Make no mistake about it: the ECLC is about adult development. Eduard Lindeman, one of the earliest writers on adult education, describes it as “a cooperative venture in non-authoritarian, informal learning the chief purpose of which is to discover the meaning of experience; a quest of the mind which digs down to the roots of the preconceptions which formulate our conduct.” This suggests, of course, that we are all works in progress. I truly believe that the more honest we can be about our challenges and struggles, the better we can connect with and support one another, which ultimately benefits students. And it’s not just my opinion: research confirms that when educators are engaged in learning of their own, students are more engaged, too.
The ECLC is focused on reaching all students, especially those who assets and needs may be outside the so-called mainstream for a variety of reasons. We know that these students suffer needlessly when they are misunderstood, not known, or not seen for the strengths they bring into the schoolhouse. Though I firmly believe that every educator wants to do right by all of their students, there are unconscious dynamics that operate under the surface to create barriers in the relationship. Educators must work to identify—and then push through—these barriers. It is challenging work, but surprisingly meaningful.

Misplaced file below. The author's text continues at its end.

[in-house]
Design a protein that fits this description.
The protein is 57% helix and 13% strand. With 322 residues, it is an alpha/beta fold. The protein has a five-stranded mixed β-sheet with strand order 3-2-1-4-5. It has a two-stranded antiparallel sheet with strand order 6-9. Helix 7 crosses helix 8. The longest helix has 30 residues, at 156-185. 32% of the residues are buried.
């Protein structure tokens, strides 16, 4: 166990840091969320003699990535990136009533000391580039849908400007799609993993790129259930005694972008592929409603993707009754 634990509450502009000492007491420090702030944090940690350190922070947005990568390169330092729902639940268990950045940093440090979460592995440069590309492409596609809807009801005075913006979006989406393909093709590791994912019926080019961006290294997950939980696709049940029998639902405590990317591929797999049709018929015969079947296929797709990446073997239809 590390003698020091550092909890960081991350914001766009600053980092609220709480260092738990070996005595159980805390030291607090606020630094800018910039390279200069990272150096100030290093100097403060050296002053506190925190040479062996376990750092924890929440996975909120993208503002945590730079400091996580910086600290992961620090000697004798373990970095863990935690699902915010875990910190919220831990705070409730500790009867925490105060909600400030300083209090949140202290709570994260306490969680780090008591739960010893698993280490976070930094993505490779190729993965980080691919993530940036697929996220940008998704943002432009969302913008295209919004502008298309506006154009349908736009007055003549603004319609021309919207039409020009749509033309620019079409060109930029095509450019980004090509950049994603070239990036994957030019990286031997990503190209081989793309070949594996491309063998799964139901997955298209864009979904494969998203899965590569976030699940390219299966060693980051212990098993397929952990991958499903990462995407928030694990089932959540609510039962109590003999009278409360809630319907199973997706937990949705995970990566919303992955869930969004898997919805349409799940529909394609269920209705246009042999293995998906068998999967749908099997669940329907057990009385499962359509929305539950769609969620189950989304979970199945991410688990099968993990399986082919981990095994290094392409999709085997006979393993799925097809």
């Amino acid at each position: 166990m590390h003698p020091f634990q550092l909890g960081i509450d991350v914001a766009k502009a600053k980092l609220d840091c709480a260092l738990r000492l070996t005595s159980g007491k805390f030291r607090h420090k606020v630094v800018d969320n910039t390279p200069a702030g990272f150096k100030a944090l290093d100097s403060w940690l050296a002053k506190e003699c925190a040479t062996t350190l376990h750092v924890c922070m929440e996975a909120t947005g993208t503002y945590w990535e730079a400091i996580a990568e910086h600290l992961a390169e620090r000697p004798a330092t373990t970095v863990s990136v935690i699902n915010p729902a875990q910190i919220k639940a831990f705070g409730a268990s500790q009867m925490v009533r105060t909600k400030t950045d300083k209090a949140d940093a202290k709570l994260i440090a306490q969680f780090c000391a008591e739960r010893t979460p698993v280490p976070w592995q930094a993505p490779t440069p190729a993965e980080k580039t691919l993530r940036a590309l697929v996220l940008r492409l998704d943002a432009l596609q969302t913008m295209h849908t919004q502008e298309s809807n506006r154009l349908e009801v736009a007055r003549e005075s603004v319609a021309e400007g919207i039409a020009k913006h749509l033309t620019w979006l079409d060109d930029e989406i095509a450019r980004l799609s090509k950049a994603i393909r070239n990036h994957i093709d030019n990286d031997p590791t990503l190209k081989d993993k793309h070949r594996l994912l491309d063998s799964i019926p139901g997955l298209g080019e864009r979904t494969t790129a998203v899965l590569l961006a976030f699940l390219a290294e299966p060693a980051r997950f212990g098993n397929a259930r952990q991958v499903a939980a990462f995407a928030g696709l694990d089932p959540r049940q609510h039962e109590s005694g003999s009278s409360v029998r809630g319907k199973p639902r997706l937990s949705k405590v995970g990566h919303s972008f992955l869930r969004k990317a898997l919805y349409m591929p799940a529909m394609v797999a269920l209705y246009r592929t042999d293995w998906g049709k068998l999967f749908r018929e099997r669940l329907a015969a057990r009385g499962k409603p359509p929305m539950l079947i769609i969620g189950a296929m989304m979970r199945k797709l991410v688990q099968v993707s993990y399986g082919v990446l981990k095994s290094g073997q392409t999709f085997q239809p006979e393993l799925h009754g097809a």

As we aspire to 20/20 vision in the year ahead, may we all feel more capable and energized. And may the ECLC help you achieve 20/20 vision—perhaps like the progressive lenses that many of us wear—allowing us to focus our vision for both near and distant goals.
Wishing you a joyful and productive school year!
Emily J. Wilson